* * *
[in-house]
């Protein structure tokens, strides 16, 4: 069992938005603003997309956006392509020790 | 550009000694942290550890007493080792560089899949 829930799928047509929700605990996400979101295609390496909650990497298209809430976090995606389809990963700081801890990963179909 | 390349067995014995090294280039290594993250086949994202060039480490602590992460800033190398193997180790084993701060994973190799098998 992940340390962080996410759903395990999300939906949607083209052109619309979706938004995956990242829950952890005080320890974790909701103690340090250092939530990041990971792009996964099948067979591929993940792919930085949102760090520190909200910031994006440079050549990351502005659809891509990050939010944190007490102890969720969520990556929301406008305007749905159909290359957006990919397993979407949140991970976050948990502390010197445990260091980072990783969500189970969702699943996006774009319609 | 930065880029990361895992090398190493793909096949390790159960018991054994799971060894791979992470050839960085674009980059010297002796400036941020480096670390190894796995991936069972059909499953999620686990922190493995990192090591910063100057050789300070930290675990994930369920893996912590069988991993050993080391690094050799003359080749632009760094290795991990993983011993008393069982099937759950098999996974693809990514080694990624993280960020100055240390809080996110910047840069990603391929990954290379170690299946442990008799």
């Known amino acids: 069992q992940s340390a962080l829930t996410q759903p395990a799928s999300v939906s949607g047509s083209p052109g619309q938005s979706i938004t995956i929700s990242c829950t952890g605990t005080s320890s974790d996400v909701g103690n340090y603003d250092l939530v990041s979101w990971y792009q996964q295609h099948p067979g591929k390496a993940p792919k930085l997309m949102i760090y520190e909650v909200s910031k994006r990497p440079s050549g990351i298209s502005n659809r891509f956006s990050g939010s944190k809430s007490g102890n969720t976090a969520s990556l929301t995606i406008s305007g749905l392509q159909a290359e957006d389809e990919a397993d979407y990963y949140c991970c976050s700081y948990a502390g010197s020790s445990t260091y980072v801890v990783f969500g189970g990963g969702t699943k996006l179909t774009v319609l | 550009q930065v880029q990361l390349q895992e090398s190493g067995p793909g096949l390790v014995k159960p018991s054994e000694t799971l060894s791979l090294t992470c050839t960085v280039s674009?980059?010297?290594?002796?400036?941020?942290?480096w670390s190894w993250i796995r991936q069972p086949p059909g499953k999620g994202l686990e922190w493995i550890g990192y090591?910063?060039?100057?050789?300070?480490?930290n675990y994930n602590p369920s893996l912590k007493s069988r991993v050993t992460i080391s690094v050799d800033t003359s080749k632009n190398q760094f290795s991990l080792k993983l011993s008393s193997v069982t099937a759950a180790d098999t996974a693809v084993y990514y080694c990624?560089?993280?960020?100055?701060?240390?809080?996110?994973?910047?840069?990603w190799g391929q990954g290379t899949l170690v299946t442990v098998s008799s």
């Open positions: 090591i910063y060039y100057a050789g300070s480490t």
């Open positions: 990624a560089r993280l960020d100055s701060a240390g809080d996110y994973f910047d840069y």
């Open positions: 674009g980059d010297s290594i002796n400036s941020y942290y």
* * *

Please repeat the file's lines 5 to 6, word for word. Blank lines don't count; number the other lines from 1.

């Open positions: 990624a560089r993280l960020d100055s701060a240390g809080d996110y994973f910047d840069y």
């Open positions: 674009g980059d010297s290594i002796n400036s941020y942290y």